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Jazza Dickens aiming for Golden Contract glory

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By Ian Aldous: As 2019 ends and a new year begins, Jazza Dickens (28-3) will look to continue his momentum that 2019 brought. Three wins, including one in the quarter-finals of MTK’s featherweight Golden Contract tournament has seen Dickens’ stock rise considerably. On February 21st, the tournament semi-finals will take place at the famous York Hall in London. Earlier this week, the IBF European titleholder spoke with me to reflect on his year and what 2020 will bring.

MTK’s aforementioned Golden Contract tournament began on October 4th where Dickens comfortably outpointed Spain’s Carlos Ramos to secure his position in the final four. The twenty-eight year-old had spotted a weakness in Ramos prior to fight night. “He’s a good fighter if you allow him to be (and you) don’t let him get ahead of himself,” he told me. “He’s young and vulnerable, I think. He was quite immature at the weigh-in and angry. He was very emotional. I’ve seen (that) I could play on that.”

“I’ve been that kid before at weigh-ins snarling at people and after a while you realise it doesn’t even work (laughs). You do yourself more damage, you know?”

The most intriguing part of the tournament is the fact that the competitors don’t find out their opponent until the draw which is made during fight week. It adds an element of unpredictability that Dickens believes suits him perfectly. “I’m not a fan of boxing and I don’t watch boxing,” the former British super-bantamweight champion admitted. “If I fight myself, I just watch it back once and that’s it. I just don’t find it very interesting to watch the sport. So, watching opponents and studying them – it’s something that I don’t really do. So, this suits me to be in this tournament. No-one gets the opportunity to study me and see what they think about me because they’ve got to worry about all of us.”

“I just love to box and the draw suits me perfect because I can just train as hard as I can, sacrifice as much as I can, do everything I need to do and come the draw, I’ll have a little look at them, then, that’s it.”

The featherweight semi-finalists consist of Tyrone McCullagh, Leigh Wood, British featherweight champion, Ryan Walsh and Liverpool’s Dickens. It’s a stellar field of domestic talent with the winner highly likely to get a shot at world honours late next year. Jazza was suitably impressed with what he saw in the quarter-finals. “I didn’t get to see all of it. I commented on Walshy’s fight and I thought the stoppage was brilliant,” Dickens explained. “The way he timed the stoppage and the way he waited until his opponent was ready to go. Then he stepped in and I thought it was very intelligent. I think Leigh Wood boxed lovely and he beat a really good lad. I think his performance was the best on the night because I think he beat a really good lad in David Oliver Joyce. He done a great job and he really impressed. I think they were the two standout fighters whereas myself, I had a routine win and so did Tyrone McCullagh. I didn’t see much of Tyrone’s fight. I was warming up and on next, so I didn’t see much of it.”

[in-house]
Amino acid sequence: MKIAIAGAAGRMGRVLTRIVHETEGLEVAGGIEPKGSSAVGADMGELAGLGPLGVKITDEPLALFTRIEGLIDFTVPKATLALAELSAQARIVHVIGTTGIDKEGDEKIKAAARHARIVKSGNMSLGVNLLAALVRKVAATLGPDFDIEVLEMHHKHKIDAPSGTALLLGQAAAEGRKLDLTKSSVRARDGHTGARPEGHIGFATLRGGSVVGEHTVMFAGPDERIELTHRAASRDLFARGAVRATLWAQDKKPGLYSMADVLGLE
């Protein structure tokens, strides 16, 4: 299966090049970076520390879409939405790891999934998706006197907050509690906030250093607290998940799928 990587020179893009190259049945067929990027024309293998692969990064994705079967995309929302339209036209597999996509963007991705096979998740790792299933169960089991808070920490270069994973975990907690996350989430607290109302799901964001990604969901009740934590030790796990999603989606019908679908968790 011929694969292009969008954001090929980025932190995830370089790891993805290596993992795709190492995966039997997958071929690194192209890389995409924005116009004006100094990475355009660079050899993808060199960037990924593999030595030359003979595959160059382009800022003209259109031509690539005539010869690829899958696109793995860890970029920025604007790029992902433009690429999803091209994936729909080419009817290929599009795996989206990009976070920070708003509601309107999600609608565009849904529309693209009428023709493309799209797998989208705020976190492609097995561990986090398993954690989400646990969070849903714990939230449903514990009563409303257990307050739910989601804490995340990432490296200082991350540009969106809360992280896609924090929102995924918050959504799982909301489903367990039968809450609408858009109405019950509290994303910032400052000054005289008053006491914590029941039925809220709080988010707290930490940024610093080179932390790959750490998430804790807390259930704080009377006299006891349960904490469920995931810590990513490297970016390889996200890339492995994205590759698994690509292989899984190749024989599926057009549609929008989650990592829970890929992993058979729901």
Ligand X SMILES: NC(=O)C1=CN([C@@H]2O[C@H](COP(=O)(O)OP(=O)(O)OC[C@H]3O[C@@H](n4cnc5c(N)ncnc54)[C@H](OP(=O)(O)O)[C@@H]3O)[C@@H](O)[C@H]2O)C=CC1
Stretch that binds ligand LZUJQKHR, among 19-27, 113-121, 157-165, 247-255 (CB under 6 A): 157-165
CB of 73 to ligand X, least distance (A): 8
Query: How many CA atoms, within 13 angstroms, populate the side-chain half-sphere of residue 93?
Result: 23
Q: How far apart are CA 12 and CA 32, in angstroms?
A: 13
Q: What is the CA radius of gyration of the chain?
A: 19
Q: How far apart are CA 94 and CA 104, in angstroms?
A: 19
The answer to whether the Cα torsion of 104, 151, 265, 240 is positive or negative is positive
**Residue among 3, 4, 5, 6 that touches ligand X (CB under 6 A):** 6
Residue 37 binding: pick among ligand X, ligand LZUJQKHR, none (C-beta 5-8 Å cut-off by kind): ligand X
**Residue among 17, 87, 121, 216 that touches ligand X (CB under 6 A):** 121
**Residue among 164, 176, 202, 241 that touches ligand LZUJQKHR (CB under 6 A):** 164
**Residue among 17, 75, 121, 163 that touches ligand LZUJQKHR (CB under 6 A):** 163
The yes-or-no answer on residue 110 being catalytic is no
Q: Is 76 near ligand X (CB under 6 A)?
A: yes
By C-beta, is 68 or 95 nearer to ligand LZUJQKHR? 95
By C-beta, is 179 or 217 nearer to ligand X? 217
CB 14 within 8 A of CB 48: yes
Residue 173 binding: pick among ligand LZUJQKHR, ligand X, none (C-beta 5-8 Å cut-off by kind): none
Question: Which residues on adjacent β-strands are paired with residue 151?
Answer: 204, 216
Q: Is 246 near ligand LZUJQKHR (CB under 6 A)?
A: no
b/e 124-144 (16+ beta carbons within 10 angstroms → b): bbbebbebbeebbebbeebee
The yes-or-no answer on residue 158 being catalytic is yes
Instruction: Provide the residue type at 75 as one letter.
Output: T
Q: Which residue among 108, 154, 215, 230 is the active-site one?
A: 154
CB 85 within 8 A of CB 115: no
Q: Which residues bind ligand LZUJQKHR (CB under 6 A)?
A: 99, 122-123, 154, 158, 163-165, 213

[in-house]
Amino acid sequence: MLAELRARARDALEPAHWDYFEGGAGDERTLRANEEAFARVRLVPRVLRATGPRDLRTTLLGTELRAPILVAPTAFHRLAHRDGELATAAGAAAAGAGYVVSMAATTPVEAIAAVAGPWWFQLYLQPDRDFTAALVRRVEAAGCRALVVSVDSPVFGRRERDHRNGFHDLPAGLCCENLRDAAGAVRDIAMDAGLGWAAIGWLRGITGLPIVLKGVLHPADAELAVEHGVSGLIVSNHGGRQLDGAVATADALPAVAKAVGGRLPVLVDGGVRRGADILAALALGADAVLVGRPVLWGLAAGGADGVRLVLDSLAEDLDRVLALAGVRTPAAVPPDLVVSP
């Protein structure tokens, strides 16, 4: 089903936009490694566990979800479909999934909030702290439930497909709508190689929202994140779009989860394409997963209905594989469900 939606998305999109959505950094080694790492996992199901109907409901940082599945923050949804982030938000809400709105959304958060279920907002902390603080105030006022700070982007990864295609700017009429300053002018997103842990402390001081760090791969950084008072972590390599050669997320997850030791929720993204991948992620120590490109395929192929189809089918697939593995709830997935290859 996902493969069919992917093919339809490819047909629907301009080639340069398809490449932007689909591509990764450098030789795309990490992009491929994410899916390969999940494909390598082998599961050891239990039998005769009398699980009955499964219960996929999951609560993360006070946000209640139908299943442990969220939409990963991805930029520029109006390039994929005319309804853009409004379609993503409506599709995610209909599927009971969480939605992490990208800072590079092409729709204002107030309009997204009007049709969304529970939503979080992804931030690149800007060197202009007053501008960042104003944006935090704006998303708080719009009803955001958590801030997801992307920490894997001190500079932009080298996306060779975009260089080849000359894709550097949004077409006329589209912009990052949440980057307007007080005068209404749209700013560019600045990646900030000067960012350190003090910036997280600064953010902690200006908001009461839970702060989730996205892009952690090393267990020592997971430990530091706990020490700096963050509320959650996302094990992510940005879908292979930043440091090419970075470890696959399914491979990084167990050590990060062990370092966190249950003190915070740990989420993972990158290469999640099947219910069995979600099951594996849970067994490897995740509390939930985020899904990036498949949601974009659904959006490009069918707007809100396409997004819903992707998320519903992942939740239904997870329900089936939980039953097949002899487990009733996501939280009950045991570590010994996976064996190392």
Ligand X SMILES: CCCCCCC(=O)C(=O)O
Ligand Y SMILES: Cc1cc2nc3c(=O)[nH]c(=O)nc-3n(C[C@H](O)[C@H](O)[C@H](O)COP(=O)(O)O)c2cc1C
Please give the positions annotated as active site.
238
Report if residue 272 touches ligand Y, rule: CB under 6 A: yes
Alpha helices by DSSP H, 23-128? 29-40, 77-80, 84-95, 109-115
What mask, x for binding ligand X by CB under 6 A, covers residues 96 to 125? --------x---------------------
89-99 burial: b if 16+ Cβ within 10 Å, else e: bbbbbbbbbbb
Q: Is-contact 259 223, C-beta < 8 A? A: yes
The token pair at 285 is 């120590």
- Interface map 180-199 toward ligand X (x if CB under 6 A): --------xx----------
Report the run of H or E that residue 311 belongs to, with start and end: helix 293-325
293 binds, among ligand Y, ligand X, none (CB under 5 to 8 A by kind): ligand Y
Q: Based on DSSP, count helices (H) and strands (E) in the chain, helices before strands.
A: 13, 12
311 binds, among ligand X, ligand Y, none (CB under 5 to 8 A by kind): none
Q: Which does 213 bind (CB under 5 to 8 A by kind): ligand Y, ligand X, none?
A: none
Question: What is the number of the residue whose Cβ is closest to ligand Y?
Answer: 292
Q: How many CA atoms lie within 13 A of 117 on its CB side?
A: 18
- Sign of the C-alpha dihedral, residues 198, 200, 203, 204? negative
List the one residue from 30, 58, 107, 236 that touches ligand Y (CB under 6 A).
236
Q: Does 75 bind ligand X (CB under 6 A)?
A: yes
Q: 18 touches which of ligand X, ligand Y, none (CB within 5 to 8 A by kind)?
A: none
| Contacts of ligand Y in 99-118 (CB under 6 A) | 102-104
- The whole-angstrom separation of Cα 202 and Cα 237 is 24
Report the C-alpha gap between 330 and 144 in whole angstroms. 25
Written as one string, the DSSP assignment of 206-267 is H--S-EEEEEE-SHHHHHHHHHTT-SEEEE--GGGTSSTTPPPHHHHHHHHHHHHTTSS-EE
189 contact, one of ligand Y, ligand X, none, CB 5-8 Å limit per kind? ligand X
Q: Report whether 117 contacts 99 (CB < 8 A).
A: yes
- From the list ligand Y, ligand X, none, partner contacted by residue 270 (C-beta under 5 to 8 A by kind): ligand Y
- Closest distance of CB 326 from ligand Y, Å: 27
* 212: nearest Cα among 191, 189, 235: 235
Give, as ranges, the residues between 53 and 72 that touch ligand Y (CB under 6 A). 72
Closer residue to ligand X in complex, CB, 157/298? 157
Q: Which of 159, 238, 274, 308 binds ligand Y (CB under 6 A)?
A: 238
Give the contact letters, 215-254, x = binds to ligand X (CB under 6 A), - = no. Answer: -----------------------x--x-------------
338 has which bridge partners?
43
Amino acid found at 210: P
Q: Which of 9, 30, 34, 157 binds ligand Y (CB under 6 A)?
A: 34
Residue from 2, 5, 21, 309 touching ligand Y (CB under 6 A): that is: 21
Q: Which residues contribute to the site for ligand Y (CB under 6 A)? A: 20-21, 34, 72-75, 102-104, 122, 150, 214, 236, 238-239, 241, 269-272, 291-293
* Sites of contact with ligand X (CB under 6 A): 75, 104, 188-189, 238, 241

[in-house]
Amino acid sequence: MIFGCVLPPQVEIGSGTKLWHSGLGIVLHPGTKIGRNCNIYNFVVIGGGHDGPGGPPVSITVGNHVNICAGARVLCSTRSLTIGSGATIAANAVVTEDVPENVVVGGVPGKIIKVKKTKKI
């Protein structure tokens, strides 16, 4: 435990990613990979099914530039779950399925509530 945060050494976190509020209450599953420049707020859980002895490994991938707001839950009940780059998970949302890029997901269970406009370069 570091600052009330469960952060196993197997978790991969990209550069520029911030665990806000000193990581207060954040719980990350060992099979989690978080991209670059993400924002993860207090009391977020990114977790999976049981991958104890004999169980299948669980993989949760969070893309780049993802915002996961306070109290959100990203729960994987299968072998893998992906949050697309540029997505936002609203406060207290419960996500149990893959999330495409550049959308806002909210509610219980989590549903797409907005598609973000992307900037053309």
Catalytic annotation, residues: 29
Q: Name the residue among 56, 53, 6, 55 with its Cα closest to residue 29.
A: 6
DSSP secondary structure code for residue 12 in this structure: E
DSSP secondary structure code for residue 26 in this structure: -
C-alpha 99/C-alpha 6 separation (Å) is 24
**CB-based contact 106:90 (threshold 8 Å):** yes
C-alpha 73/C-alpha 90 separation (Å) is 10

With Christmas just around the corner, it’s easy for a prizefighter to lose their way a little and take their eyes off that prize for a week or two. Whilst others may be enjoying a feast and drinking; Dickens will be doing what he loves to do – train. “I think this tournament is good as well because the winner will be the guy who is relentless, the guy who never switches off, the guy who lives as a fighter because to get this opportunity (of competitive opponents) fight after fight after fight – it takes it out of a fighter and he loses mental focus,” the southpaw told me. “So, if he can’t stay switched on because he’s not that kind of fighter, going out to parties and letting himself down, that’ll be told in the story of this whole tournament. I think the fighter who wins it will be the one who lives the life of a fighter.”

In 2018, Dickens spent some time away from home training in the U.S. gaining priceless sparring and experience on the way. After returning to Liverpool in 2019, things just seemed to fall into place as he stepped up his assault on the 126lbs division under the tutelage of Derry Mathews and George Vaughan. “I was only supposed to be home for a while before I went back,” he said. “I went to Spain and sparred with Jono Carroll and MTK said there was a show on in Liverpool, if I want to get on it, so I did. I was happy about that because I could go back to my club with Derry (Mathews) and George (Vaughan), my coaches. Before I went to America, I had to leave my own team because there weren’t the opportunities and then all of a sudden, there was the opportunity back home. So, I thought before I go back to America, I thought I’ll have this one fight with Derry and George and then came another fight straight away and then after that, another fight straight away.”

“Now we’re in the Golden Contract tournament and I’m with Derry and George again and I’m happy here with them. Now I’m in training in Scotland for this camp here with George and looking forward to it. It’s just that little bit more sacrifice, just coming away from my family, that gives you a little bit more of an edge as well.”


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